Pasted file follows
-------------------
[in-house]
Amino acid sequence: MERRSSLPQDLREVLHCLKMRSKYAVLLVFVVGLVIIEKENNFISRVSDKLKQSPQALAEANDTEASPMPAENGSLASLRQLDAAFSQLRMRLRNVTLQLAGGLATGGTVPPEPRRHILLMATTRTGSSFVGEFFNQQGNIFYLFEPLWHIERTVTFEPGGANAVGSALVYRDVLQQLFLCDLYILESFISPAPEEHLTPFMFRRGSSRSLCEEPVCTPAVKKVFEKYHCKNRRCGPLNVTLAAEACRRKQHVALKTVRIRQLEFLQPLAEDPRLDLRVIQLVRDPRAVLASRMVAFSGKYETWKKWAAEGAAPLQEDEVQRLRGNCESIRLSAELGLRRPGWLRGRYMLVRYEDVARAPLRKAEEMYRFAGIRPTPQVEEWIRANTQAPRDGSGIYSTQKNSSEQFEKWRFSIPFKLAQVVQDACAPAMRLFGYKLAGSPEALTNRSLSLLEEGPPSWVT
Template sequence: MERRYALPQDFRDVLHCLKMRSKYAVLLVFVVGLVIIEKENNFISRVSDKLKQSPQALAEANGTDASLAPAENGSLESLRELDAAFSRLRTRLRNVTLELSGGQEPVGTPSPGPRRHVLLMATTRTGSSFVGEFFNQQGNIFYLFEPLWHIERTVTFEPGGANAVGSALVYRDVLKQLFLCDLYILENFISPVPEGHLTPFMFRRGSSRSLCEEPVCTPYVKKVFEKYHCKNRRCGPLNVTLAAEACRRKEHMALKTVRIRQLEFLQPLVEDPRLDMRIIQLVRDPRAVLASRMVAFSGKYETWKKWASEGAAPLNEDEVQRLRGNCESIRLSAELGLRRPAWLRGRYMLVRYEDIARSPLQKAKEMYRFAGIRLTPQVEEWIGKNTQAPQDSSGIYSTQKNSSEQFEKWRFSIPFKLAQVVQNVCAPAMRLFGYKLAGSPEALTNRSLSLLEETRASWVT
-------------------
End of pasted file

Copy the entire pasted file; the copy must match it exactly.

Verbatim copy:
[in-house]
Amino acid sequence: MERRSSLPQDLREVLHCLKMRSKYAVLLVFVVGLVIIEKENNFISRVSDKLKQSPQALAEANDTEASPMPAENGSLASLRQLDAAFSQLRMRLRNVTLQLAGGLATGGTVPPEPRRHILLMATTRTGSSFVGEFFNQQGNIFYLFEPLWHIERTVTFEPGGANAVGSALVYRDVLQQLFLCDLYILESFISPAPEEHLTPFMFRRGSSRSLCEEPVCTPAVKKVFEKYHCKNRRCGPLNVTLAAEACRRKQHVALKTVRIRQLEFLQPLAEDPRLDLRVIQLVRDPRAVLASRMVAFSGKYETWKKWAAEGAAPLQEDEVQRLRGNCESIRLSAELGLRRPGWLRGRYMLVRYEDVARAPLRKAEEMYRFAGIRPTPQVEEWIRANTQAPRDGSGIYSTQKNSSEQFEKWRFSIPFKLAQVVQDACAPAMRLFGYKLAGSPEALTNRSLSLLEEGPPSWVT
Template sequence: MERRYALPQDFRDVLHCLKMRSKYAVLLVFVVGLVIIEKENNFISRVSDKLKQSPQALAEANGTDASLAPAENGSLESLRELDAAFSRLRTRLRNVTLELSGGQEPVGTPSPGPRRHVLLMATTRTGSSFVGEFFNQQGNIFYLFEPLWHIERTVTFEPGGANAVGSALVYRDVLKQLFLCDLYILENFISPVPEGHLTPFMFRRGSSRSLCEEPVCTPYVKKVFEKYHCKNRRCGPLNVTLAAEACRRKEHMALKTVRIRQLEFLQPLVEDPRLDMRIIQLVRDPRAVLASRMVAFSGKYETWKKWASEGAAPLNEDEVQRLRGNCESIRLSAELGLRRPAWLRGRYMLVRYEDIARSPLQKAKEMYRFAGIRLTPQVEEWIGKNTQAPQDSSGIYSTQKNSSEQFEKWRFSIPFKLAQVVQNVCAPAMRLFGYKLAGSPEALTNRSLSLLEETRASWVT